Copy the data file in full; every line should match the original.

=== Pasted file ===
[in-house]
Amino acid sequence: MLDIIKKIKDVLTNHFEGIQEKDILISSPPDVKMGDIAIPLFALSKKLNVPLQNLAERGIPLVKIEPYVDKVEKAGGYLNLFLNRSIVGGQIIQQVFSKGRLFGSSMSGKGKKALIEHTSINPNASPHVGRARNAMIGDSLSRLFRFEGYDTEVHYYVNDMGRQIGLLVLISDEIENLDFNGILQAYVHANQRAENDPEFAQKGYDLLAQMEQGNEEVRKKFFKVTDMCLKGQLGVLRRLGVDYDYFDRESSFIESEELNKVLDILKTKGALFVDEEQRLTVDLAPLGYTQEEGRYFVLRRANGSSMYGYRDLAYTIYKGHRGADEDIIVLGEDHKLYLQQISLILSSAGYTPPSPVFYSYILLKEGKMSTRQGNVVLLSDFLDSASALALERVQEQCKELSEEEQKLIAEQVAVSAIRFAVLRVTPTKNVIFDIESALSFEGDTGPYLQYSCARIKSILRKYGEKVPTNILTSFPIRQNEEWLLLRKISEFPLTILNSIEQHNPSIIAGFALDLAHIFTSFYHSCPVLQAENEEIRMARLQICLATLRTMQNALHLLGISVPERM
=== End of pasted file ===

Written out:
[in-house]
Amino acid sequence: MLDIIKKIKDVLTNHFEGIQEKDILISSPPDVKMGDIAIPLFALSKKLNVPLQNLAERGIPLVKIEPYVDKVEKAGGYLNLFLNRSIVGGQIIQQVFSKGRLFGSSMSGKGKKALIEHTSINPNASPHVGRARNAMIGDSLSRLFRFEGYDTEVHYYVNDMGRQIGLLVLISDEIENLDFNGILQAYVHANQRAENDPEFAQKGYDLLAQMEQGNEEVRKKFFKVTDMCLKGQLGVLRRLGVDYDYFDRESSFIESEELNKVLDILKTKGALFVDEEQRLTVDLAPLGYTQEEGRYFVLRRANGSSMYGYRDLAYTIYKGHRGADEDIIVLGEDHKLYLQQISLILSSAGYTPPSPVFYSYILLKEGKMSTRQGNVVLLSDFLDSASALALERVQEQCKELSEEEQKLIAEQVAVSAIRFAVLRVTPTKNVIFDIESALSFEGDTGPYLQYSCARIKSILRKYGEKVPTNILTSFPIRQNEEWLLLRKISEFPLTILNSIEQHNPSIIAGFALDLAHIFTSFYHSCPVLQAENEEIRMARLQICLATLRTMQNALHLLGISVPERM